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East Woods  Rating: 4

East Woods

Town: South Burlington

Uses: Hiking Trail Natural Area Walking Trail

Amenities: Parking

Length: 1 mile

Surface: Packed dirt, somewhat hilly. Not handicap accessible.

Trailhead: From Main Street in Burlington take Spear Street south for 1.1 miles. At the traffic light turn right onto Swift Street. Look for the East Woods sign 0.2 miles on the right, cars can be parked here at the small pull-off area on the right. The trail system begins just behind the sign with the interpretive trail heading to the left just after entering the woods.

Features: 40-acre mixed hardwood and conifer forest.

Description: East Woods was purchased in 1949 with the help of several private donors who recognized the potential educational value of these woods and its close proximity to the UVM campus. Students in forestry, botany, and zoology are able to study plants and animals of a mature northern forest in this relatively undisturbed, 40-acre, mixed hardwood and conifer forest. A self-guided interpretive trail and guide was designed by University students and is available to help visitors gain a better understanding of the natural and cultural history of East Woods.

From the entrance, the trail leads a few hundred feet to an informative bulletin board and ledger box, which is usually empty. The trail continues westerly and passes a junction on the left (0.1 mi) with the return trail. Bearing right at this junction to make a counterclockwise circuit, the trail descends steeply to approach Potash Brook, which meanders through the woods on its way to Lake Champlain. It crosses a slight depression (0.2 mi), a remnant of the railbed of the Burlington and Hinesburg Railroad, which was graded in 1898 but abandoned before any track was laid.

Adjacent to this railbed, the trail crosses the more conspicuous and parallel railbed of the Burlington and Lamoille Railroad, which was completed in 1877. The tracks here were used for only a few years before being removed. Directly across from the B&L railbed, the trail descends to an elbow of Potash Brook, then swings back to recross the two railbeds (0.4 mi). (Turning left on the B&L railbed is a shortcut.) After ascending a small shoulder, the trail descends to follow the south shore of Potash Brook downstream to the west. It then arcs 180 degrees, rising easterly on undulating terrain to reach the return end of the loop (0.9 mi). From here, the trail may be retracted back to the entrance (1.0 mi).

Descriptions courtesy of the University of Vermont, and Joe Frank, published in the Day Hiker's Guide to Vermont by the Green Mountain Club. Website: UVM Natural Areas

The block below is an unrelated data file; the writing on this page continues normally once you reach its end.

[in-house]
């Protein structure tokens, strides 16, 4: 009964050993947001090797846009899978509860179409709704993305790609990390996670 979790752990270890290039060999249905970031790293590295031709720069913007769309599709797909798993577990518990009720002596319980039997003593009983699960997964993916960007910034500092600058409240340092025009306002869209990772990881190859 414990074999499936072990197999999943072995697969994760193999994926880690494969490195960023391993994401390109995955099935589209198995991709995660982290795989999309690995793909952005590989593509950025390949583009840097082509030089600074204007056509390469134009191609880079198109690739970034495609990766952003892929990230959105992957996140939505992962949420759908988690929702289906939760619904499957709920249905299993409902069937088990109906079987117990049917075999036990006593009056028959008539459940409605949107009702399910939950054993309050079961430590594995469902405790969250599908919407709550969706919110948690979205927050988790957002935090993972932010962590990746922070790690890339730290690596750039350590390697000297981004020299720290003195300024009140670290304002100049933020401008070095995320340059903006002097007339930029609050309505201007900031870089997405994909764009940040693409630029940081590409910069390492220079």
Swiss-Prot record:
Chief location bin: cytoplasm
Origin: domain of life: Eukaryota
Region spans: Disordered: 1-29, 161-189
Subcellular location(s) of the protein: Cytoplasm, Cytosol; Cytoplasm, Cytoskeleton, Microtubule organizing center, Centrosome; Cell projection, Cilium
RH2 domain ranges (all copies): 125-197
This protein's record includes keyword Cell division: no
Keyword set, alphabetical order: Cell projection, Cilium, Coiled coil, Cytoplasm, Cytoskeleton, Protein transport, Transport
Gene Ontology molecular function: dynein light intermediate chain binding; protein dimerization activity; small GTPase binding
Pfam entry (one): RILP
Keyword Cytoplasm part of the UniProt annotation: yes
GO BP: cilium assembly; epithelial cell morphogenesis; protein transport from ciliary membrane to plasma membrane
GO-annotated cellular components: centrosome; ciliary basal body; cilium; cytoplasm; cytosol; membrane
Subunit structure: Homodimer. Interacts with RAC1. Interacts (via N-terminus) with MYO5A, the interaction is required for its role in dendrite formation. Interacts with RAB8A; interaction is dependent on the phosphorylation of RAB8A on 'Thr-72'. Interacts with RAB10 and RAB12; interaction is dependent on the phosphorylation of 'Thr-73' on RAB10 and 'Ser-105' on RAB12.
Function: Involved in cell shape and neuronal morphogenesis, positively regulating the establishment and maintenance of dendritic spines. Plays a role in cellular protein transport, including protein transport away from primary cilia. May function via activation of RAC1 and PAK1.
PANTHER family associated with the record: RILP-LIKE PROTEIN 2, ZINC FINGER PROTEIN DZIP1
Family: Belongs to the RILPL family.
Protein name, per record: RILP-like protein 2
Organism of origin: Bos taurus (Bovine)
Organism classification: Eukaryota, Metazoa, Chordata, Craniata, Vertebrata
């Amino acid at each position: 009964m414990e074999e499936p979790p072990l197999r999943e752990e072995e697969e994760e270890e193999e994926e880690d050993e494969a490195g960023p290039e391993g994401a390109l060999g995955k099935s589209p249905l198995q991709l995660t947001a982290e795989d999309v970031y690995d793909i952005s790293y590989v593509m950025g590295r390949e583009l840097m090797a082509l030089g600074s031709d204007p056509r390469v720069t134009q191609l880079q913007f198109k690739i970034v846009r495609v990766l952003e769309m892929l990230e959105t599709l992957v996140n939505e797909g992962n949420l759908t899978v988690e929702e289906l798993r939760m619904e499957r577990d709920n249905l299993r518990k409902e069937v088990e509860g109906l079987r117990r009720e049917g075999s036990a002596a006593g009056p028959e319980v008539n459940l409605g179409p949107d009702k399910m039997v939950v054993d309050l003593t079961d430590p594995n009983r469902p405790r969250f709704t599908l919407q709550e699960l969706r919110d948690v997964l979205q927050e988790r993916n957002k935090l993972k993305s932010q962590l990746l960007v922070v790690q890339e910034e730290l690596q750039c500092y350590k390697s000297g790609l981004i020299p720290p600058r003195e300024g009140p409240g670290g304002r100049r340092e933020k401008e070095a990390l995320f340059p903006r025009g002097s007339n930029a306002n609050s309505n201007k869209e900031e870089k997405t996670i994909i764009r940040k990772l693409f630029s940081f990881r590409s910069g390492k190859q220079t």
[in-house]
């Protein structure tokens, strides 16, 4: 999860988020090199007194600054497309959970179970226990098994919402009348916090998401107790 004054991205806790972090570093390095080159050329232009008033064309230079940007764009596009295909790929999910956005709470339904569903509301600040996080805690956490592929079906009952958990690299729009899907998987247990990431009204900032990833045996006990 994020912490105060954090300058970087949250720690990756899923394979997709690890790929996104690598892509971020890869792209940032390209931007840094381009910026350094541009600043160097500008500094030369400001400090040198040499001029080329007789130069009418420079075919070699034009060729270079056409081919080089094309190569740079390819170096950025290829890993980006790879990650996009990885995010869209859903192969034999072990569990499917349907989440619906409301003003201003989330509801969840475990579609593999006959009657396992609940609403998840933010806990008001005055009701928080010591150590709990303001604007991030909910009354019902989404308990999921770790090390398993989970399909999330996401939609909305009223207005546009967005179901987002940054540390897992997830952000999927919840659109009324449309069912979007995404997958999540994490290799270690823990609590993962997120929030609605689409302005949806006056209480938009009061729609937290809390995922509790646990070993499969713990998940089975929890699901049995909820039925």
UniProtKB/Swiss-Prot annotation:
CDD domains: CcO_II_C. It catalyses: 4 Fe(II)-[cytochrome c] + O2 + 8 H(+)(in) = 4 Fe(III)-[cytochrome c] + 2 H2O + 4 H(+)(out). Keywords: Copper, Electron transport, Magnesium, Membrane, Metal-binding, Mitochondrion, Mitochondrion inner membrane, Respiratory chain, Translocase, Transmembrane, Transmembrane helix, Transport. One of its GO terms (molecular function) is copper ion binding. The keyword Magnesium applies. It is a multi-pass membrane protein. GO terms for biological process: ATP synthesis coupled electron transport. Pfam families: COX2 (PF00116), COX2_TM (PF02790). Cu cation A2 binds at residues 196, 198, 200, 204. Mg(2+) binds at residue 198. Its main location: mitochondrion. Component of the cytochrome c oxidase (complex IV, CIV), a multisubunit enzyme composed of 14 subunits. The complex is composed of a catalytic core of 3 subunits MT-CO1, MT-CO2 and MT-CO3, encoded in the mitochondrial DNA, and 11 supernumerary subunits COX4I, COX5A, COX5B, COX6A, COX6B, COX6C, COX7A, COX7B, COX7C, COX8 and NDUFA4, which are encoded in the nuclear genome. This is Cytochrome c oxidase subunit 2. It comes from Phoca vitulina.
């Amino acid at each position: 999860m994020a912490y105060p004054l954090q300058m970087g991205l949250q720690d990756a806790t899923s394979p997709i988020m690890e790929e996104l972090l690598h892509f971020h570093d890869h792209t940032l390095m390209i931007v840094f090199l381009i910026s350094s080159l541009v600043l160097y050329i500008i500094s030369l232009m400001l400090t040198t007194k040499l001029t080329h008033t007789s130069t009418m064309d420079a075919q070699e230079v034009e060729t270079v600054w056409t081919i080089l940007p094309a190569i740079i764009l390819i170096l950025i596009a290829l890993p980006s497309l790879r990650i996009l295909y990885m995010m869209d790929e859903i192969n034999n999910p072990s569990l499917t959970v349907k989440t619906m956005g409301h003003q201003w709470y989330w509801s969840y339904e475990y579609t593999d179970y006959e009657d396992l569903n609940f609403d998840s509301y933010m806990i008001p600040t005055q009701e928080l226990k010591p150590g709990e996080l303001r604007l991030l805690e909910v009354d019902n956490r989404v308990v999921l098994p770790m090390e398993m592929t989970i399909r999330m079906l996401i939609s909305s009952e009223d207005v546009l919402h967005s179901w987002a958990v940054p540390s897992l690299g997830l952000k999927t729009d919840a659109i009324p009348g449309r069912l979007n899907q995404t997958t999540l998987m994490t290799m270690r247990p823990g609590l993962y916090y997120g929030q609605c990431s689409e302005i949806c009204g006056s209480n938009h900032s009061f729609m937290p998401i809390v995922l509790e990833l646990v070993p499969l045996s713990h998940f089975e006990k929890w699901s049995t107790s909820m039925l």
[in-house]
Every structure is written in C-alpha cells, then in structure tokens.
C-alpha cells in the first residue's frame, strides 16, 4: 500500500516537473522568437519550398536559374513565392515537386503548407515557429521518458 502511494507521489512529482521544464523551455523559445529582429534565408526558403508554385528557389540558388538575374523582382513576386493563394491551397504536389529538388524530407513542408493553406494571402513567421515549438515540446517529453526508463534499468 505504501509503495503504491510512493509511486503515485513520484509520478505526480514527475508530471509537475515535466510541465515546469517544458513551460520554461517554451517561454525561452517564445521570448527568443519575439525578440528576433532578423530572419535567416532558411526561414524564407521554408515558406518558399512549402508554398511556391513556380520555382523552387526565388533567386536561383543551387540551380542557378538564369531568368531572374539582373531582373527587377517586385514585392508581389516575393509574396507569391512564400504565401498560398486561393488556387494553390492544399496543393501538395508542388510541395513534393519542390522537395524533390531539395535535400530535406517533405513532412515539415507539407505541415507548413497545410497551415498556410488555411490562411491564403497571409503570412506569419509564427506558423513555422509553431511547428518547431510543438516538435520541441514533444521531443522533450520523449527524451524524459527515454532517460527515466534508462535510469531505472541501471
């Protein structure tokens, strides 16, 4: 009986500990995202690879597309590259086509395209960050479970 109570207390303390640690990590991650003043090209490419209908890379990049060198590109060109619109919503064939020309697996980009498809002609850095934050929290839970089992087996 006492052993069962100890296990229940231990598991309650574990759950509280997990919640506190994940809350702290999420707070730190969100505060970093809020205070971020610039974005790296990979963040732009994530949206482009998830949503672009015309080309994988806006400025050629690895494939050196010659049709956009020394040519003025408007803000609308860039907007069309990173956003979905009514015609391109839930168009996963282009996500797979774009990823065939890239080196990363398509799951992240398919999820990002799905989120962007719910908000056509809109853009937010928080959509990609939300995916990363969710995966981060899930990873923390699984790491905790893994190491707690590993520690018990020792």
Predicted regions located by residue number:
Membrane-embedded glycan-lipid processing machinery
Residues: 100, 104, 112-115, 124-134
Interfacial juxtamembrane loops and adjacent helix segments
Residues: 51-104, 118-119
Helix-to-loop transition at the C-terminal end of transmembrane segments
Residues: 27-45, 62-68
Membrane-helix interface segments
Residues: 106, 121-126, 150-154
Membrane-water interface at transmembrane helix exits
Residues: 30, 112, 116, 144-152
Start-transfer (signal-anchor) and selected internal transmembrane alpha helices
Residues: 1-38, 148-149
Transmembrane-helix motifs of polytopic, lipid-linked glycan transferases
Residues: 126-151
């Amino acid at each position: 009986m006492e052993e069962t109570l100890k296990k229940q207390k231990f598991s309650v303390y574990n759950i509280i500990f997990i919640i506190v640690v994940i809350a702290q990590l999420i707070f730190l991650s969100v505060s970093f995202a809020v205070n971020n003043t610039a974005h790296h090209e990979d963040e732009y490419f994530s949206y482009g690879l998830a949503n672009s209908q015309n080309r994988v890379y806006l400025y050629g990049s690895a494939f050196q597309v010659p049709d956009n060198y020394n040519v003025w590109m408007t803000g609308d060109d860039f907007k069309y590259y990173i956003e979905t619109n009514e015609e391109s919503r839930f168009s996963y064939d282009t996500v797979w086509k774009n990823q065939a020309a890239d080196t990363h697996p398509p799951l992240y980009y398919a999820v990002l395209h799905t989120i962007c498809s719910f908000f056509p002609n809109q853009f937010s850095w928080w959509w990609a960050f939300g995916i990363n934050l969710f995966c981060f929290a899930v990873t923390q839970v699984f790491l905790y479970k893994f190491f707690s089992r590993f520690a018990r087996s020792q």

Volunteer Surveyors: Mary Ann Samuels, Joe Frank

Last updated on 6/30/10

Managed by:

South Burlington Recreation Department

Contact: Director: Tom Hubbard
575 Dorset St.
S. Burlington, VT 05403
(802) 846-4108
recreation@sburl.com
www.sburlrecdept.com

Comments:

Cathy
South Burlington, VT
Rating: 3
10/8/08

Lots of dogs off leash on these trails.

Mia
Williston, VT
Rating: 5
10/2/10

What a great hike to do with young kids!

Johnnie Walker
Burlington, VT
Rating:
7/19/11

Very pleasant and easy walking through attractive forestland. The trails are well maintained, but not blazed or signed, leading to confusion at junctions with the many side trails not on the map. Unfortunately, the heavy traffic in an overcrowded, gridlocked Chittenden County is all too audible on many parts of the trail.

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Non-Profit Partners

  • Audubon Vermont
  • Camel's Hump Skier's Association
  • Catamount Outdoor Family Center
  • Catamount Trail Association
  • Fellowship of the Wheel
  • Green Mountain Bike Club
  • Green Mountain Club
  • Hinesburg Land Trust
  • Intervale Center
  • Lake Champlain Bikeways
  • Lake Champlain Land Trust
  • Lake Champlain Regional Chamber
  • Middlebury Area Land Trust
  • Nature Conservancy of Vermont
  • Run Vermont
  • Shelburne Farms
  • Vermont Bicycle & Pedestrian Coalition
  • Vermont Trails & Greenways Council

Public Partners

  • Addison County Regional Planning Commission
  • Chittenden County Metropolitan Planning Organization
  • Chittenden County Regional Planning Commission
  • Federal Highway Administration
  • United States Forest Service
  • University of Vermont Environmental Program
  • Vermont Agency of Transportation
  • Vermont Dept of Tourism and Marketing
  • Vermont Fish and Wildlife Department
  • Vermont State Parks
  • Winooski Valley Park District

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